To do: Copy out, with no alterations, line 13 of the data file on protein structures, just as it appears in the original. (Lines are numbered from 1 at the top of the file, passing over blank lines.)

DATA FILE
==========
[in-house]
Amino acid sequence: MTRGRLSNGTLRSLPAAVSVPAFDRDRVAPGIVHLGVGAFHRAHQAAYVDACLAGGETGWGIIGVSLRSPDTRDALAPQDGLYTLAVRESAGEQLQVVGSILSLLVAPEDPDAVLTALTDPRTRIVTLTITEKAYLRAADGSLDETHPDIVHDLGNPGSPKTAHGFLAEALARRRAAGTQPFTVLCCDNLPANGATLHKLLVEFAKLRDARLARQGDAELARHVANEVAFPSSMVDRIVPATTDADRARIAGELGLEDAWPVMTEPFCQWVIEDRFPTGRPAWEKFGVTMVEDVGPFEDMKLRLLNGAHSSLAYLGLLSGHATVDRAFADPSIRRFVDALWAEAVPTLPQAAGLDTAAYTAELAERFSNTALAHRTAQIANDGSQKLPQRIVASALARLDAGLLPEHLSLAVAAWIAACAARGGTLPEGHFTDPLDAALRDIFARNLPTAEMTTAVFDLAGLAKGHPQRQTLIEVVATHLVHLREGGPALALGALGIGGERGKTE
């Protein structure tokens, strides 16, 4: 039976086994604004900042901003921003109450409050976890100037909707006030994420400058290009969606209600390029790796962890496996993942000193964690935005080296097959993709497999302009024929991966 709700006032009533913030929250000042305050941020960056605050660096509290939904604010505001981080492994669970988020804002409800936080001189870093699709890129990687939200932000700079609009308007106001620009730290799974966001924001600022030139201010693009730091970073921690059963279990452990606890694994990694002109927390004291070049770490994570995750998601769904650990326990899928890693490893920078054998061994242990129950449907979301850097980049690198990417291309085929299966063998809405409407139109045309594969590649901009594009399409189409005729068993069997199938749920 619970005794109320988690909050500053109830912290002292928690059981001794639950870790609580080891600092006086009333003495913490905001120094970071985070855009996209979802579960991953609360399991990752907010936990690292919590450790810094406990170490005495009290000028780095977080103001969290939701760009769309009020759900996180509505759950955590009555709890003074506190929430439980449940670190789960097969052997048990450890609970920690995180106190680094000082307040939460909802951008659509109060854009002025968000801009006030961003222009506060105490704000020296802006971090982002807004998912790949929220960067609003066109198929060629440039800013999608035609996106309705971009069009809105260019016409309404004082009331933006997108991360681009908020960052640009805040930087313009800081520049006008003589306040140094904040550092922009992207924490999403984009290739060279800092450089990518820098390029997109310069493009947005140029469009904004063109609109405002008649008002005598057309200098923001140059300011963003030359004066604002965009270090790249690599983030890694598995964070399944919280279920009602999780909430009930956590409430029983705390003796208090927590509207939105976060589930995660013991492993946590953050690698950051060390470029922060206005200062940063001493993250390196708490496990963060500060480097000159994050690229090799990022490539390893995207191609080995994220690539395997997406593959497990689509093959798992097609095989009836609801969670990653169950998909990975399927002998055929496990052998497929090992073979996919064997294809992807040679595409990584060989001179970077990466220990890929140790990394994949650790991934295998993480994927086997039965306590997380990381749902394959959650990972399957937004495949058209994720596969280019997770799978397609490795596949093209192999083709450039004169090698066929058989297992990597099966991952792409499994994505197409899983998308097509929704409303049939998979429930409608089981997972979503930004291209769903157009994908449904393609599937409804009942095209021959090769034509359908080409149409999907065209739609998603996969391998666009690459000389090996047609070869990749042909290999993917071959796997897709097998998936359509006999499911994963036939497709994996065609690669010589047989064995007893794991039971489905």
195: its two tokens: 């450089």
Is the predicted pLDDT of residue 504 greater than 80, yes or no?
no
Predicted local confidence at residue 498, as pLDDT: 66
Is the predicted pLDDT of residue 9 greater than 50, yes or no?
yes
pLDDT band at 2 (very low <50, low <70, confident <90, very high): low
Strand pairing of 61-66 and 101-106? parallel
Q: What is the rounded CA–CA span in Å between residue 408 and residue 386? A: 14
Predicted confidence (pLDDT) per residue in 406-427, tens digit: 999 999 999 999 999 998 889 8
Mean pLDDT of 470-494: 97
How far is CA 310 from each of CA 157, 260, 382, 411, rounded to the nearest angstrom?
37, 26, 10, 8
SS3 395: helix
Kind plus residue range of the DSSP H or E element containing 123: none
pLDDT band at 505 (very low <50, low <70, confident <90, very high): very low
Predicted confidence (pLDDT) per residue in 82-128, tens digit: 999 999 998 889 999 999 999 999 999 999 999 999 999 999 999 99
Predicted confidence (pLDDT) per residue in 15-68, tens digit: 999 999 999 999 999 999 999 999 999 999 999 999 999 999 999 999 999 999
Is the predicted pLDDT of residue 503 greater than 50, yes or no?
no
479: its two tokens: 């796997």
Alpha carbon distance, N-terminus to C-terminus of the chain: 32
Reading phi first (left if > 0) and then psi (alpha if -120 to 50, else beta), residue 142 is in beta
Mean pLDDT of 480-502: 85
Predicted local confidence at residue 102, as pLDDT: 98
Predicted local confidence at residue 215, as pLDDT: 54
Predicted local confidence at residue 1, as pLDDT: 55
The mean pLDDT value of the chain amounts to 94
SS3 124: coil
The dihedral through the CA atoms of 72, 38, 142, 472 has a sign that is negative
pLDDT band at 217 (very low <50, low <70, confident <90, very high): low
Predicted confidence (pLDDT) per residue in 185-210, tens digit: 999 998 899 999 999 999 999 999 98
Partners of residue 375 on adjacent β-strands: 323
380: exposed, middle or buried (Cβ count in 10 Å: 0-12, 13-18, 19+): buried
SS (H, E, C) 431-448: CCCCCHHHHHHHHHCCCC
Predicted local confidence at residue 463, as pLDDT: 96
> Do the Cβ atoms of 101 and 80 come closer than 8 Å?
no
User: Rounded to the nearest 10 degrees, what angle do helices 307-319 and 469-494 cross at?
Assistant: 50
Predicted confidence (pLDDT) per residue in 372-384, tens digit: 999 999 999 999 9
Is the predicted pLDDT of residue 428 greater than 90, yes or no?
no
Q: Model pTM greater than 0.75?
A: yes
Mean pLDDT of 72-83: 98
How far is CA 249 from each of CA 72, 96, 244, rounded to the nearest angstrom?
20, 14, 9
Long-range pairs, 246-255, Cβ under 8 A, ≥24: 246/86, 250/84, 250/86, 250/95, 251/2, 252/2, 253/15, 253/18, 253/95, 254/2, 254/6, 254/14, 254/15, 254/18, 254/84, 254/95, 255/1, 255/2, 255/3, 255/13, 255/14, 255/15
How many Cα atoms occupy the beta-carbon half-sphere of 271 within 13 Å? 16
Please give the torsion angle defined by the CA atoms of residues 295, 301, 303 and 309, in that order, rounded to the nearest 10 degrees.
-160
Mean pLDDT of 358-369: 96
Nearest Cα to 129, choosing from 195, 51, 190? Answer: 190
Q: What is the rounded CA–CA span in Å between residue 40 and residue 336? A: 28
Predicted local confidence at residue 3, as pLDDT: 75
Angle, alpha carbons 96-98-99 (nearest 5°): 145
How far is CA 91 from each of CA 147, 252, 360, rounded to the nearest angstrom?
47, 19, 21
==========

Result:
Predicted confidence (pLDDT) per residue in 406-427, tens digit: 999 999 999 999 999 998 889 8